READ : John 15:15-17
No longer do I call you servants, . . . but I have called you friends. (v. 15)
When a friendship mainly has one giver and one receiver, it lacks the balancing give-and-take of healthy human interactions. In contrast, when each person can contribute—sometimes giving, other times receiving—a friendship will more readily develop. At the very least, this kind of relationship is more dignifying, and with mutuality comes greater potential for empowerment.
This holds true in ministry as well. At Center of Hope, we invite guests to perform tasks that help us, sometimes in exchange for something, and sometimes because we just need their help. These tasks add value to our ministry or meet needs we have. Those who help realize that they are an integral part of our ministry and have our sincere appreciation. Whether guests already believe in God or not, they feel empowered to serve.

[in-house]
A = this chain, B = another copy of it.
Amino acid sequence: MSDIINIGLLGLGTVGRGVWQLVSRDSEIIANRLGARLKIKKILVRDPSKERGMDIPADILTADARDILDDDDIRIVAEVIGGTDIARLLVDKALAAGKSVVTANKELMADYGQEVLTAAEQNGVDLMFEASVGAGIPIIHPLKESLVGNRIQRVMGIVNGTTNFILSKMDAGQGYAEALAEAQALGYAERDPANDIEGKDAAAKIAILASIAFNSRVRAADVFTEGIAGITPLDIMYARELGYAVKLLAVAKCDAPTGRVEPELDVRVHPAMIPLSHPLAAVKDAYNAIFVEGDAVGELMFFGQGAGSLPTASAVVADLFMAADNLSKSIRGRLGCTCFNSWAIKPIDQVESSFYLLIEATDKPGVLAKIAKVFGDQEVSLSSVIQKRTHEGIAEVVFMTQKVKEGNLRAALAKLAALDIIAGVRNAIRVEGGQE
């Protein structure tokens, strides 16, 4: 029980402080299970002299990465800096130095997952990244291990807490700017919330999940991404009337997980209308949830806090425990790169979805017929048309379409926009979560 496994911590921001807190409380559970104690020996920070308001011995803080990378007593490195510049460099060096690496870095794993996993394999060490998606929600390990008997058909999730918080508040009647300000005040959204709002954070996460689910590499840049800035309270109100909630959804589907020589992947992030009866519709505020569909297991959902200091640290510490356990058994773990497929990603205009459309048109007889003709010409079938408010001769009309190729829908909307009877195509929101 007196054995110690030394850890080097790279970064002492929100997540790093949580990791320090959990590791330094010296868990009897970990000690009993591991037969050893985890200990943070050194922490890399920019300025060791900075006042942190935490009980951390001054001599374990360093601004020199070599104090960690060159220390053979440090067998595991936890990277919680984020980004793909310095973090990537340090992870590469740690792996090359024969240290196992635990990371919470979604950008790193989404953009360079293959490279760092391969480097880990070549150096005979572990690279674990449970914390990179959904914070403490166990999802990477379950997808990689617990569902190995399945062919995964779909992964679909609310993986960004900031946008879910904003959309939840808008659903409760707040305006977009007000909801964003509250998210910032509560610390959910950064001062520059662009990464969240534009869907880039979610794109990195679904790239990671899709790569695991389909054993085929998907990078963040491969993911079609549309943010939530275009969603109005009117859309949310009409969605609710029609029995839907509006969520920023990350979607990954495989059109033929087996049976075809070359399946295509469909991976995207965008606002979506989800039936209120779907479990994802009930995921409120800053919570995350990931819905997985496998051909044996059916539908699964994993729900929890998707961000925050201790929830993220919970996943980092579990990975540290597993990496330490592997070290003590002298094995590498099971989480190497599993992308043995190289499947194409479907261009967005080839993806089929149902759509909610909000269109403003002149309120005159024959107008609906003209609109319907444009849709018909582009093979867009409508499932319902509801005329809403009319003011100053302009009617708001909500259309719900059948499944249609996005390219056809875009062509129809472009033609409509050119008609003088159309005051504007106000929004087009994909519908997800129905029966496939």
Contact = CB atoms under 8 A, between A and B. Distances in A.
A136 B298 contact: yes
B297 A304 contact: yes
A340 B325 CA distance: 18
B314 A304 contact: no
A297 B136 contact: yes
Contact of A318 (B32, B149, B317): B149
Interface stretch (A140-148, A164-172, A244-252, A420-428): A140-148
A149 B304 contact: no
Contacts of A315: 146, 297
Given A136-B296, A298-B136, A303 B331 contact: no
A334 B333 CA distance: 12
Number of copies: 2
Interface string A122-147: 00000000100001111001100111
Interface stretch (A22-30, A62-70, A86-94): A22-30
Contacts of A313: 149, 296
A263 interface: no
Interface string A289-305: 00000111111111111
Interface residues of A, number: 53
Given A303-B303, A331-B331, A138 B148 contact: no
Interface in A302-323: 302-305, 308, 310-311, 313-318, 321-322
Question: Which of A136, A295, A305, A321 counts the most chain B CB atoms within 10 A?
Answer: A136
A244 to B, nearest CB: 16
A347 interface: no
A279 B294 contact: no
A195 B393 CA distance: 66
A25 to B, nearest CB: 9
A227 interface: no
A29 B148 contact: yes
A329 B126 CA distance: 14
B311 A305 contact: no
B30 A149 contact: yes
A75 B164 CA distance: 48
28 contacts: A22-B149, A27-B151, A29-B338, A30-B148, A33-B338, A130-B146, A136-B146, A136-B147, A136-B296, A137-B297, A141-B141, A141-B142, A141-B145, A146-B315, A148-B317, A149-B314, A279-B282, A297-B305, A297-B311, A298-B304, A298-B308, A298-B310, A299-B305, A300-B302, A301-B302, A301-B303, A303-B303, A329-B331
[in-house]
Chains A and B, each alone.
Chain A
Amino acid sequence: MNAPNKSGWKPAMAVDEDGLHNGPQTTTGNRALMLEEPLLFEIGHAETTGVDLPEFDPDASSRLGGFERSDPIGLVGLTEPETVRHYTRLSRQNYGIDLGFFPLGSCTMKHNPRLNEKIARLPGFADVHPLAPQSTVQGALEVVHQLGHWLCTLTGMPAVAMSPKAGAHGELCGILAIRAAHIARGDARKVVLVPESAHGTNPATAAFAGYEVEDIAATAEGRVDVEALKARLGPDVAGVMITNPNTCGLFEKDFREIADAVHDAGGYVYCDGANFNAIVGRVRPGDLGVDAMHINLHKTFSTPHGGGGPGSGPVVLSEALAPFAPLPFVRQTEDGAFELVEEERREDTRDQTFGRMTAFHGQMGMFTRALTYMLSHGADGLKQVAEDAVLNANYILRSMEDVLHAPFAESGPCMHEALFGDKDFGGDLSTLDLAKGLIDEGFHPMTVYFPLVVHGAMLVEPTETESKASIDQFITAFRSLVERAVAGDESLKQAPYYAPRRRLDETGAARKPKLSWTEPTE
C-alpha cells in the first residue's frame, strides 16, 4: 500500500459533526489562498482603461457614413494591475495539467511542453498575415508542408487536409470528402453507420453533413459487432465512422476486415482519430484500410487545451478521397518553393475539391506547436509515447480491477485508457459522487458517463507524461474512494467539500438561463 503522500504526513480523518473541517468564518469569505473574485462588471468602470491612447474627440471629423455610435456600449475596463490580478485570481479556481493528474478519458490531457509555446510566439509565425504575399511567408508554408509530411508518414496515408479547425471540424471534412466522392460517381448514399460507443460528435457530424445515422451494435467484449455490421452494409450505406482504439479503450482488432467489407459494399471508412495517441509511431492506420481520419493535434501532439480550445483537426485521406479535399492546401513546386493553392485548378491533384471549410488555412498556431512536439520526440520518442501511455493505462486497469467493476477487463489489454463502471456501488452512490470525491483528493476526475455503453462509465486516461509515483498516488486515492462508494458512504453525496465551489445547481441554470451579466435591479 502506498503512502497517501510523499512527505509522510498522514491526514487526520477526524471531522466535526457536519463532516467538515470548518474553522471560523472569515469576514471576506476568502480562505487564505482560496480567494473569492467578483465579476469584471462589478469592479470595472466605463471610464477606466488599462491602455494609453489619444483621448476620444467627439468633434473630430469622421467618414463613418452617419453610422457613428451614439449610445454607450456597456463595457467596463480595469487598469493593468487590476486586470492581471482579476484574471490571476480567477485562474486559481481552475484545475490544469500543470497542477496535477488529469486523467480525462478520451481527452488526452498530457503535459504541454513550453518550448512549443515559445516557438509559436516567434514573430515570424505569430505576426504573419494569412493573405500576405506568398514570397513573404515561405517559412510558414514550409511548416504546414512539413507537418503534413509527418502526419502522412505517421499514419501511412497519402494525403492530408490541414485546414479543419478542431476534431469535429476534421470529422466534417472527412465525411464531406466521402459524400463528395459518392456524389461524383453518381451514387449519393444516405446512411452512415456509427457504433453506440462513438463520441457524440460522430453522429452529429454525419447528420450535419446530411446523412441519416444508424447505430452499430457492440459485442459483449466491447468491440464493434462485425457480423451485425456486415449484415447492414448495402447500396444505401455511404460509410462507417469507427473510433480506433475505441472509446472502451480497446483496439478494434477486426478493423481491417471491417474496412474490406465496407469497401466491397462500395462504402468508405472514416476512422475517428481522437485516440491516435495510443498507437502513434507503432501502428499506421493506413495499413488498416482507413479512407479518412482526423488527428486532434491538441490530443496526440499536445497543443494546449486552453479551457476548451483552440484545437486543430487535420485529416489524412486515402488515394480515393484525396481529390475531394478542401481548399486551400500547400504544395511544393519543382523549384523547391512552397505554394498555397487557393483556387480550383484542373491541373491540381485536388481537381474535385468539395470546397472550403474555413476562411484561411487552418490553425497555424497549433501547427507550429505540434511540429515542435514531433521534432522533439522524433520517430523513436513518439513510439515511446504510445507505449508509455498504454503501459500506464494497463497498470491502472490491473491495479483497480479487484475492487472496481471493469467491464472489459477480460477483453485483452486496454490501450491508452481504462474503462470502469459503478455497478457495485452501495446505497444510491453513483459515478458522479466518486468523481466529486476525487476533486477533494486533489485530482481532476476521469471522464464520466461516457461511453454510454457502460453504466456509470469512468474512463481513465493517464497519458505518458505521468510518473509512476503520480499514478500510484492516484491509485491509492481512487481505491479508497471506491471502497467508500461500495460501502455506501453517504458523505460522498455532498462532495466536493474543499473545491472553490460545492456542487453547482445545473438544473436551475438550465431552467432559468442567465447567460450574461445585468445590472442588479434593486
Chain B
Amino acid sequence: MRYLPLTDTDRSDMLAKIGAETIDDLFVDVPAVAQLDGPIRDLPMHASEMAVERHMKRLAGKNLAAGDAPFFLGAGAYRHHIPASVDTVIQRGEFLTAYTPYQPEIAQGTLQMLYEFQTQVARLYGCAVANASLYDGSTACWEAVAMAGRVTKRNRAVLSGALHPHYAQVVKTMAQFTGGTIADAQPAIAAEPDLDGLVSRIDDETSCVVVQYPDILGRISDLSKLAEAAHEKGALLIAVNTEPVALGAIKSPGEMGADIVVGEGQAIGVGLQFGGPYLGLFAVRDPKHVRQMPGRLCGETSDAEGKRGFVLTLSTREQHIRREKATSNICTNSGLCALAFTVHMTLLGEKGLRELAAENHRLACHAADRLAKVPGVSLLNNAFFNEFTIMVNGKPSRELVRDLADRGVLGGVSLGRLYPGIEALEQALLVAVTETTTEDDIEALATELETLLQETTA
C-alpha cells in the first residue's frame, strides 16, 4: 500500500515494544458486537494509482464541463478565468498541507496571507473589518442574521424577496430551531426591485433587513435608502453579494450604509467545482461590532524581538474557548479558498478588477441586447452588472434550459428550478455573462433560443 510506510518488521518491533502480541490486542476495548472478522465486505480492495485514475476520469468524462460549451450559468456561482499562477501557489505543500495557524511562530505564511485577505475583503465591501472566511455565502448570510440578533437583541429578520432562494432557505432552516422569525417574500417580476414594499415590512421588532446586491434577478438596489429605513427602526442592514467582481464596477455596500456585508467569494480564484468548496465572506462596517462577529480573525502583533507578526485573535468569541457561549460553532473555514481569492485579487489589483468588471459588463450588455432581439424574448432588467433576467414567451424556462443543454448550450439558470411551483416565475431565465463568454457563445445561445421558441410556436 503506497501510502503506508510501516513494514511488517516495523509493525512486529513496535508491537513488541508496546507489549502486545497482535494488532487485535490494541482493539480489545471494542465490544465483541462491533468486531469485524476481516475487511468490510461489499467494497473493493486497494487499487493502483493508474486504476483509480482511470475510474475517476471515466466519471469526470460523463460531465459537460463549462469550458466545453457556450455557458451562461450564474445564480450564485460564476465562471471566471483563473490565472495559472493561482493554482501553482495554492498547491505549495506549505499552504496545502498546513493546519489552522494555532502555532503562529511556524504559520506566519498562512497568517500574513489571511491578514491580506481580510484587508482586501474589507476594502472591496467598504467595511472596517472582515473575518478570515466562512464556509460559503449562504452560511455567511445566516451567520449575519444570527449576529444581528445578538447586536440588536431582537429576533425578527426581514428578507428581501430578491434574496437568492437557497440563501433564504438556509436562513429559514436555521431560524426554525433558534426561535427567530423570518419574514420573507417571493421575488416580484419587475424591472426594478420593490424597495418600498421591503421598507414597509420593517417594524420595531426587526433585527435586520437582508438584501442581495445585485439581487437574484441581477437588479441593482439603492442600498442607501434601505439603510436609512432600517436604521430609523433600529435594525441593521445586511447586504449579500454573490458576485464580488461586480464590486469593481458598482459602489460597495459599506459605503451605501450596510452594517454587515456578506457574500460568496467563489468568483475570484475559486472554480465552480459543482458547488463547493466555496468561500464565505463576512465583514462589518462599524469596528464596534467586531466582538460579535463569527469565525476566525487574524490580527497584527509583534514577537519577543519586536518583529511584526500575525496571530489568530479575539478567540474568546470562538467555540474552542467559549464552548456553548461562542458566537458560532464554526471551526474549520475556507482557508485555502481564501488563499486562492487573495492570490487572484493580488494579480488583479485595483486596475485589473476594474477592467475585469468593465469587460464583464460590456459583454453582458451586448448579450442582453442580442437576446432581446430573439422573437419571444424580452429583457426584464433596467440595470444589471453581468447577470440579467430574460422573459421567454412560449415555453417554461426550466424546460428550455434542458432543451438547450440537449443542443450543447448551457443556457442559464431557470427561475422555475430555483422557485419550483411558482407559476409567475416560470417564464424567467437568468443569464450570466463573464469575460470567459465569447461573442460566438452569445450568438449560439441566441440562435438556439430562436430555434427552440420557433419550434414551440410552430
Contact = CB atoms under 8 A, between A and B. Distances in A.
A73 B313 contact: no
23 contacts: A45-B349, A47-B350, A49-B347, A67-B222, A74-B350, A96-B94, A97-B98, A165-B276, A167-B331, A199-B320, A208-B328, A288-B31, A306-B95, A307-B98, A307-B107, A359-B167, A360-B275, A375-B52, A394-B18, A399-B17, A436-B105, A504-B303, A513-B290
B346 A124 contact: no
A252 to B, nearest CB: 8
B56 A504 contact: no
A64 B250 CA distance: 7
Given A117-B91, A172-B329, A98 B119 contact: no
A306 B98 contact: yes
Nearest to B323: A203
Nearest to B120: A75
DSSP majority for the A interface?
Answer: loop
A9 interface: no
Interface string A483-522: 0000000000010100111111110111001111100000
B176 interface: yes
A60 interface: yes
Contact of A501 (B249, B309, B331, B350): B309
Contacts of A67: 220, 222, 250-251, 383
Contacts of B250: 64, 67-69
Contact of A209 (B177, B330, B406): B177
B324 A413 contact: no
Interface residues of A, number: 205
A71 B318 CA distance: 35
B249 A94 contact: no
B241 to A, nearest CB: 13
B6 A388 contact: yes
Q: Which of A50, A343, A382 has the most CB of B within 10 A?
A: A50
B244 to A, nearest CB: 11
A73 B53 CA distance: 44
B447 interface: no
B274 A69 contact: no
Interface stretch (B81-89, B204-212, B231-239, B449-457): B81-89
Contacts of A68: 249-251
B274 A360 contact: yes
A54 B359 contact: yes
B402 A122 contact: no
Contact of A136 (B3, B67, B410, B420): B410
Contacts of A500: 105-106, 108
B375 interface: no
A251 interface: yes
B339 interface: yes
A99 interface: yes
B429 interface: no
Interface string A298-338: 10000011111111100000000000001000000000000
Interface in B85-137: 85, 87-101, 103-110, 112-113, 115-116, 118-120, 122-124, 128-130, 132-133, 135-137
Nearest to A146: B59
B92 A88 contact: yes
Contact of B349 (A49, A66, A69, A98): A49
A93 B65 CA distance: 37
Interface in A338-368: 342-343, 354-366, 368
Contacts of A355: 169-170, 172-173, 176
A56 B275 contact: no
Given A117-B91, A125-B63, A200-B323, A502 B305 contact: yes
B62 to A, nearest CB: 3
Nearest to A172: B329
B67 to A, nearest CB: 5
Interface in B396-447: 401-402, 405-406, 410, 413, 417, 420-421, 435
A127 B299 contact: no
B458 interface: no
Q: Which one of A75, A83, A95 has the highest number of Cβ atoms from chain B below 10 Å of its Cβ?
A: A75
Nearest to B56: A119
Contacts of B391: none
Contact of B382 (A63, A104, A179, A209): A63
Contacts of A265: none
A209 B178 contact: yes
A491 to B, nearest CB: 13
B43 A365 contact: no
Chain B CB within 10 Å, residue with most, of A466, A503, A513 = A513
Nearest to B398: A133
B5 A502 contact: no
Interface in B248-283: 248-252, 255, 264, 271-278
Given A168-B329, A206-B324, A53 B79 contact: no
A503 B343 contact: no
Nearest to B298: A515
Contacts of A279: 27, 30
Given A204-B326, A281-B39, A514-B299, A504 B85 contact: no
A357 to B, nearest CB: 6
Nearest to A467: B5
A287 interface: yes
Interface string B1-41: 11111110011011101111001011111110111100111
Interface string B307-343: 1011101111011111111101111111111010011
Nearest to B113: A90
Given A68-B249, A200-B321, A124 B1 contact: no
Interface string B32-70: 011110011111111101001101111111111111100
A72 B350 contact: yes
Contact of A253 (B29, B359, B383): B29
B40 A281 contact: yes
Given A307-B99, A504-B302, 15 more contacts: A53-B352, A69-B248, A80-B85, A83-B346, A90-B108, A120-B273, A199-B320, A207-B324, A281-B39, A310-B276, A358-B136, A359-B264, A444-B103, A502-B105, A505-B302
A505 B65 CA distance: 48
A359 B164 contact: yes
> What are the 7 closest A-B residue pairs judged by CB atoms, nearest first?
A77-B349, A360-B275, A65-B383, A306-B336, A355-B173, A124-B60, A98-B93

Jesus moved his relationships toward friendship. For three years Jesus trained his disciples, and then he said, “No longer do I call you servants . . . I have called you friends, for all that I have heard from my Father I have made known to you” (v. 15). Jesus received people with broken lives, people enslaved to greed or sin; he received them as people of value, as friends, even as colleagues. We can do the same.
Jesus, thank you for calling us friends. Amen.